June 6, 2022 — Graced with bluebird skies and near perfect late-spring temperatures, the Class of 2020 returned to Northfield Mount Hermon to celebrate its graduation — on campus and in person — at a long-awaited special ceremony, complete with all the trappings of a traditional commencement.
About half of the just over 200 graduates of the Class of 2020 returned for the festivities at NMH — many for the first time since the global pandemic disrupted their senior year, closed their campus, and sent them home to finish out the year remotely. Their year ended with NMH’s first ever virtual commencement on May 24, 2020.
On June 5, 2022, the jubilant group finally donned their black caps and gowns. Led by performing arts faculty member Steve Bathory-Peeler on bagpipes, they processed from the Gilder Center through the heart of campus and along the flag-lined Class of 2020 Walkway — named in their honor in May of 2020 — to Memorial Chapel, where they were cheered by family, friends, and NMH faculty.
Instead of a keynote speaker, the Class of 2020 chose classmate Rafa Capelate de Oliveria, who was a resident leader and global ambassador at NMH, to deliver a reflection during the ceremony. She is from Cotia, São Paulo, Brazil and attends Wake Forest University in Winston Salem, North Carolina, where she is studying biochemistry and molecular biology.
“This is not like any other graduation because, as we all know, the Class of 2020 is not like any other class,” Capelate de Oliveria said. “Today is more than a graduation. It is a time to revisit our relationships with one another, with our teachers, with this place that we called home, and the connections we made on this hill. It is about openly acknowledging our loss and then celebrating our future.”
In welcoming remarks, Head of School Brian Hargrove reminded the graduates they were finally celebrating in person “two years and two weeks since we celebrated your graduation online. Welcome home. We have missed you.” He likened their experience to those of young people during other challenging times in history, including the 1942 alum he met during NMH Reunion who graduated in the midst of World War II. Quoting Eleanor Roosevelt, Hargrove said, “You must do the thing you think you cannot do.” And he left the Class of 2020 with this reminder: “Let’s stand by those who are most marginalized in our community, here and at home. That’s what we do here at NMH.”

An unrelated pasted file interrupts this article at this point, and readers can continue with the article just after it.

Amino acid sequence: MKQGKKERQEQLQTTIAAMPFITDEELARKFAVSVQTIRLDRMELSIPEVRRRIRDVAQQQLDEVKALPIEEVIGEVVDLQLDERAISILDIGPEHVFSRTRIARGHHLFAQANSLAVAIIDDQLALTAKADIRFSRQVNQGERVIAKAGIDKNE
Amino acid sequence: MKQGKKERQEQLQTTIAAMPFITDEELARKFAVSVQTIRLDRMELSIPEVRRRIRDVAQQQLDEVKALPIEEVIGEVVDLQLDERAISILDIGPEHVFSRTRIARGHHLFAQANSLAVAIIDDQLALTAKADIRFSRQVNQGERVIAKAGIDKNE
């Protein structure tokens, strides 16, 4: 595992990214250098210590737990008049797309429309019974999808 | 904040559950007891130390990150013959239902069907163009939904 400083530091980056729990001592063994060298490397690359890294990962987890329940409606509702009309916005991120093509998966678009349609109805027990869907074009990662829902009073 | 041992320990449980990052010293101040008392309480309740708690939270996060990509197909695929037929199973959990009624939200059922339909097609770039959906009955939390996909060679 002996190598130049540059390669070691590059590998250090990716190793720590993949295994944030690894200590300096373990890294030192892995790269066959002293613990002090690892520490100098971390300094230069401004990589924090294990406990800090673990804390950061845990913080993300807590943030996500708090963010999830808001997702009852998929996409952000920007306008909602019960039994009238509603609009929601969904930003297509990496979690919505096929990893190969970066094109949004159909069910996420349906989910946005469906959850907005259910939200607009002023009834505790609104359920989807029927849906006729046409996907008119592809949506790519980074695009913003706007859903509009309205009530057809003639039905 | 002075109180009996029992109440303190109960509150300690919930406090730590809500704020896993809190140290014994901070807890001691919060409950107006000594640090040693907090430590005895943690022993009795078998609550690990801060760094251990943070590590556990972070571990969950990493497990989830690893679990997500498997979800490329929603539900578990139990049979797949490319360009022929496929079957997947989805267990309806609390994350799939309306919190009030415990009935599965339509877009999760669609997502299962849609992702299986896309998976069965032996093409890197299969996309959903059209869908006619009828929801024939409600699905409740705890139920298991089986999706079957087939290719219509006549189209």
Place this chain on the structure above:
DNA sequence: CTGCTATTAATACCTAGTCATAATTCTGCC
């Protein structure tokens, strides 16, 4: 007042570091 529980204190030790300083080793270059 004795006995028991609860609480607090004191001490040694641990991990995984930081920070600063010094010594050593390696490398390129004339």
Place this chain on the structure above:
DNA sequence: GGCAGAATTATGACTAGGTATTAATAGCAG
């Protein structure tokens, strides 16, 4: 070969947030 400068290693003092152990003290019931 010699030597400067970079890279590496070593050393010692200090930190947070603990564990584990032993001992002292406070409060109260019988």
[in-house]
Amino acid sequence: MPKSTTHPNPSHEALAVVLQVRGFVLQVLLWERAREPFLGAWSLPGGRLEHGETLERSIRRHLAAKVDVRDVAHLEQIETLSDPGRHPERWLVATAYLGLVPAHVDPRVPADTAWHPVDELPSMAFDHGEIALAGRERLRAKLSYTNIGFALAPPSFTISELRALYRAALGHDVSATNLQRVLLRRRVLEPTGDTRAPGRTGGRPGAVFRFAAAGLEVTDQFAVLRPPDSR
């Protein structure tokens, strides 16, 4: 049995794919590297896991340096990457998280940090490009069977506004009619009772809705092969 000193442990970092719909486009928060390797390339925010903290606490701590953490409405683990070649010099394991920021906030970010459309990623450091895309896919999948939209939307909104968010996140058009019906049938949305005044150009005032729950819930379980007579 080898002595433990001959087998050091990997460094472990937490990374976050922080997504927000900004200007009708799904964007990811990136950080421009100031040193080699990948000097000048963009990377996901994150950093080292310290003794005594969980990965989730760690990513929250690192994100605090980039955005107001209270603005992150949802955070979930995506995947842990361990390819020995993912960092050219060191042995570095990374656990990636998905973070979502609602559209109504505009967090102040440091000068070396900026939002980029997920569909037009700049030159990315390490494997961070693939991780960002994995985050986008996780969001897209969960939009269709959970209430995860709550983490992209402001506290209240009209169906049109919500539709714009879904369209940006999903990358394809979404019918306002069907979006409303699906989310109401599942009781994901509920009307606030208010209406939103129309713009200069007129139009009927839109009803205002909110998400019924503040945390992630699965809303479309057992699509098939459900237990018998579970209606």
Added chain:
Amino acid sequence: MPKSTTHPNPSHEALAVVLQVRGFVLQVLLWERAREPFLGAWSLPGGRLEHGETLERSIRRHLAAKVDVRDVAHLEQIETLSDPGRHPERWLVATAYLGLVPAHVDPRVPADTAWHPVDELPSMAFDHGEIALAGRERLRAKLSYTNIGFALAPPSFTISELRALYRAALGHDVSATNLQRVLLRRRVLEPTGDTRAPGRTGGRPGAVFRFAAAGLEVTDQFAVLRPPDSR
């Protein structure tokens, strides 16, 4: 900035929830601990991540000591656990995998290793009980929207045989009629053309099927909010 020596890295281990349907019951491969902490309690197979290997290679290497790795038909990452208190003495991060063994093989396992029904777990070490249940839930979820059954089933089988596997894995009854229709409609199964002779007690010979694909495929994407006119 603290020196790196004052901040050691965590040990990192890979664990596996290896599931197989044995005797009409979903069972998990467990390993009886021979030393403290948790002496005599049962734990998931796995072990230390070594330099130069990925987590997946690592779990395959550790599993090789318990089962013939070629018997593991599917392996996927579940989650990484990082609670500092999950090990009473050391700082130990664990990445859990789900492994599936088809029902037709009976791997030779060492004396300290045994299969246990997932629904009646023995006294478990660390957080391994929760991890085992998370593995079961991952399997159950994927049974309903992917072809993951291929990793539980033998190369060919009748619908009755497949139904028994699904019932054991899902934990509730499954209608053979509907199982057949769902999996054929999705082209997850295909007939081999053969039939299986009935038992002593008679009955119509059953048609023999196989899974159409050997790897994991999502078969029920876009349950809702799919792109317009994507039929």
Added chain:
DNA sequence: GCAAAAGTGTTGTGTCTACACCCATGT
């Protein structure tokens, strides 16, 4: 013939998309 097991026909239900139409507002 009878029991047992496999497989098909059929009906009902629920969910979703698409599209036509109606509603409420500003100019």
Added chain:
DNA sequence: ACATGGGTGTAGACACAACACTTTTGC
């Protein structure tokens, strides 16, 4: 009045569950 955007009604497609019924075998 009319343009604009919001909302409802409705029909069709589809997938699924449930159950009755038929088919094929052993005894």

Members of the NMH community stepped in to help complete the details of the ceremony. Former NMH Registrar Jay Ward, who is now retired, served as the mace bearer. Jacob Smith and Eliza Voorheis from the Class of 2021 were flag bearers. Class advisors Cris Ramirez and Kim Shearer read the names of each graduate as they stepped forward to be recognized and have their photo taken.
The night before the ceremony, members of the Class of 2020 were treated to the Chateau Dance they missed during their senior year. In the morning, they climbed the chapel tower with NMH Archivist Peter Weis and enjoyed doughnuts delivered by Associate Head of School Charlie Tierney. The graduates and their families were also joined by their former teachers, mentors, and coaches at brunch hosted by Hargrove and NMH Dining Services.
After their ceremony, they had the chance to take part in other campus life traditions — performing arts students each signed a brick on the wall of Chiles Theater, NMH singers gathered in Heffernon Hall to visit with recently retired Music and Choral Programs Director Sheila Heffernon, and dorm residents of “Tron” stopped in to sign their wall.
Ronnella Walker called the celebration “a beautiful experience” for her son Shameek Hargrave ’20. “We’re really happy to be here today,” she said. “We love NMH. NMH has been an amazing, life-changing, transformational experience for Shameek and for our family.” Hargrave has just completed his sophomore year at Princeton, and Walker said that NMH was a great launching pad for him.
Harrison Kerber ’20 said that the special celebration for his class was “the ending we didn’t know we needed. It was an incredible experience and a very emotional one, too. I am so grateful for all who made it possible, because it really feels like I can move on from that chapter of my life.”
And at the end of the ceremony in Memorial Chapel, the Class of 2020 finally had the chance to take part in some of the most treasured traditions — tossing their mortarboards into the air and performing a spirited singing of the NMH school song, “Jerusalem.”